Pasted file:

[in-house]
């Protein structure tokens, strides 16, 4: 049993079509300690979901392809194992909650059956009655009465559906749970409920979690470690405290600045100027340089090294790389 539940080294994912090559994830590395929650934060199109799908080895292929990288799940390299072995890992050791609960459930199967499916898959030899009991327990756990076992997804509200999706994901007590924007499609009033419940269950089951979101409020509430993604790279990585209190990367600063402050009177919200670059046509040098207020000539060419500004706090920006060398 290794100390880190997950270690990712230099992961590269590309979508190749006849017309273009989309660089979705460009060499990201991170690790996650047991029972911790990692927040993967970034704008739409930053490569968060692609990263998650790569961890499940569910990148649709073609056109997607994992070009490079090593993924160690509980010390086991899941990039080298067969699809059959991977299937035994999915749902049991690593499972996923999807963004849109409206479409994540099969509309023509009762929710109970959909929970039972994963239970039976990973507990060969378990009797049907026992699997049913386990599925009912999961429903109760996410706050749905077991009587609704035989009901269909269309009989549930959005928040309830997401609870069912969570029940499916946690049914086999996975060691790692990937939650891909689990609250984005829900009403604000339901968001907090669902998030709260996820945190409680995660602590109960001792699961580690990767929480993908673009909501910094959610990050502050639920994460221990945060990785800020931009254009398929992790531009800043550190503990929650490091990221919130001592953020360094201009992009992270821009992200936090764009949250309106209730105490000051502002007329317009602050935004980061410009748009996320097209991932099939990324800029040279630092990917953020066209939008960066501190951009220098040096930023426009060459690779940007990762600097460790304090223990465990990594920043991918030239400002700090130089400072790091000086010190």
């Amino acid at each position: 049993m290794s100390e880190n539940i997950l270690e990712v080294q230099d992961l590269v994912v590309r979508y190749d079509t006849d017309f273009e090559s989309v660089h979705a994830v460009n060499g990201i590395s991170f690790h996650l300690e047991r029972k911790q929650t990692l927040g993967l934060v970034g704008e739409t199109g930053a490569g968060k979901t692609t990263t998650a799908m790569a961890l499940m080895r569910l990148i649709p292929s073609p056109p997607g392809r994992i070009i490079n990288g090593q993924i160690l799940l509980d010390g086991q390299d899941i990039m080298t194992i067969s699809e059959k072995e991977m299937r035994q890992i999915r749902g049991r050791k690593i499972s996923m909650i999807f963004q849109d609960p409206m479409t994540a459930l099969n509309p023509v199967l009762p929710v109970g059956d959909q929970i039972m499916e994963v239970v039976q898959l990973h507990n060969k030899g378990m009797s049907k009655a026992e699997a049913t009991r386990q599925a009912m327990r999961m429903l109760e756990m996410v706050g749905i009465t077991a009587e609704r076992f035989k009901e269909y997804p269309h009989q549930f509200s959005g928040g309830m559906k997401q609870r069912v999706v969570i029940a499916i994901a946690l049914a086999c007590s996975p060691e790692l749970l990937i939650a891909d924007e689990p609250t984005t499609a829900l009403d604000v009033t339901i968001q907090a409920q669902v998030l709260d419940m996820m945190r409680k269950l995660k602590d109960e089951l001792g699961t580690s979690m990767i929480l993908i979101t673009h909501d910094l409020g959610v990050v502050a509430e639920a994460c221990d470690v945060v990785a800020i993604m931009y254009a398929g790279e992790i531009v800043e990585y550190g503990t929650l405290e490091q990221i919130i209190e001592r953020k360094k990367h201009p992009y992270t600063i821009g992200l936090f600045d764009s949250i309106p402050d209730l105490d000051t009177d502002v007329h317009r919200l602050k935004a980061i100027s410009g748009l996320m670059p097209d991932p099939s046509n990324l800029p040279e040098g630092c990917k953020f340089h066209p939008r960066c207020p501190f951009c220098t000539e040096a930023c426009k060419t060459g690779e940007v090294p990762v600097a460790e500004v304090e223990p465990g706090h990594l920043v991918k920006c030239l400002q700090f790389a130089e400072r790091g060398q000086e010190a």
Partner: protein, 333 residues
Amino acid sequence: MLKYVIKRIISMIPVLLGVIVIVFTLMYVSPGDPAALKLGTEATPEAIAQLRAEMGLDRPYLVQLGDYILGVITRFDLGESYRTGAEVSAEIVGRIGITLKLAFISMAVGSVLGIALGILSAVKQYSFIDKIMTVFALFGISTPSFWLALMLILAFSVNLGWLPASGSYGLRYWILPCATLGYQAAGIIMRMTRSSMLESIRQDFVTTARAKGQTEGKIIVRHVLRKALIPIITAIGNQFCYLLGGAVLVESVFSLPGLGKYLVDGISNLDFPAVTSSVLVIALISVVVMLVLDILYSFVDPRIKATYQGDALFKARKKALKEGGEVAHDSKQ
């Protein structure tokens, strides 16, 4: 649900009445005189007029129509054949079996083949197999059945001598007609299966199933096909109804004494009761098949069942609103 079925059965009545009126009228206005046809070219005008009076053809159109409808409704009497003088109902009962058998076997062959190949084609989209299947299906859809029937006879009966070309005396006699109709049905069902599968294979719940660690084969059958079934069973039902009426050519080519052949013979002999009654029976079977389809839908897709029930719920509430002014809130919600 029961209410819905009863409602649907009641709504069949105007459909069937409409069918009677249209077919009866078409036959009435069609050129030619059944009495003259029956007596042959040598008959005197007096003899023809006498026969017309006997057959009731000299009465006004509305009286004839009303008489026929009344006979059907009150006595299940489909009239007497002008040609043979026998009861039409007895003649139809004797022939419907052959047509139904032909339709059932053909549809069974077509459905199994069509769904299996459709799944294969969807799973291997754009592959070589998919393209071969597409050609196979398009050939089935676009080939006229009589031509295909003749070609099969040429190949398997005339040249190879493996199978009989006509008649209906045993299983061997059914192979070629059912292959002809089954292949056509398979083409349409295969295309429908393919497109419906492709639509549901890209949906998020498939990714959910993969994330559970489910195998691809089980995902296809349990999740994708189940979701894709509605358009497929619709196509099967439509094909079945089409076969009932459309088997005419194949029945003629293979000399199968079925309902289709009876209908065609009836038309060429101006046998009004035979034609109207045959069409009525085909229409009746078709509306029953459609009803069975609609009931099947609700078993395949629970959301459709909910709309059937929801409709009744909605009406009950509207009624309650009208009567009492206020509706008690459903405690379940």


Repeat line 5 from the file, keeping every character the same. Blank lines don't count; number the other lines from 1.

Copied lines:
Amino acid sequence: MLKYVIKRIISMIPVLLGVIVIVFTLMYVSPGDPAALKLGTEATPEAIAQLRAEMGLDRPYLVQLGDYILGVITRFDLGESYRTGAEVSAEIVGRIGITLKLAFISMAVGSVLGIALGILSAVKQYSFIDKIMTVFALFGISTPSFWLALMLILAFSVNLGWLPASGSYGLRYWILPCATLGYQAAGIIMRMTRSSMLESIRQDFVTTARAKGQTEGKIIVRHVLRKALIPIITAIGNQFCYLLGGAVLVESVFSLPGLGKYLVDGISNLDFPAVTSSVLVIALISVVVMLVLDILYSFVDPRIKATYQGDALFKARKKALKEGGEVAHDSKQ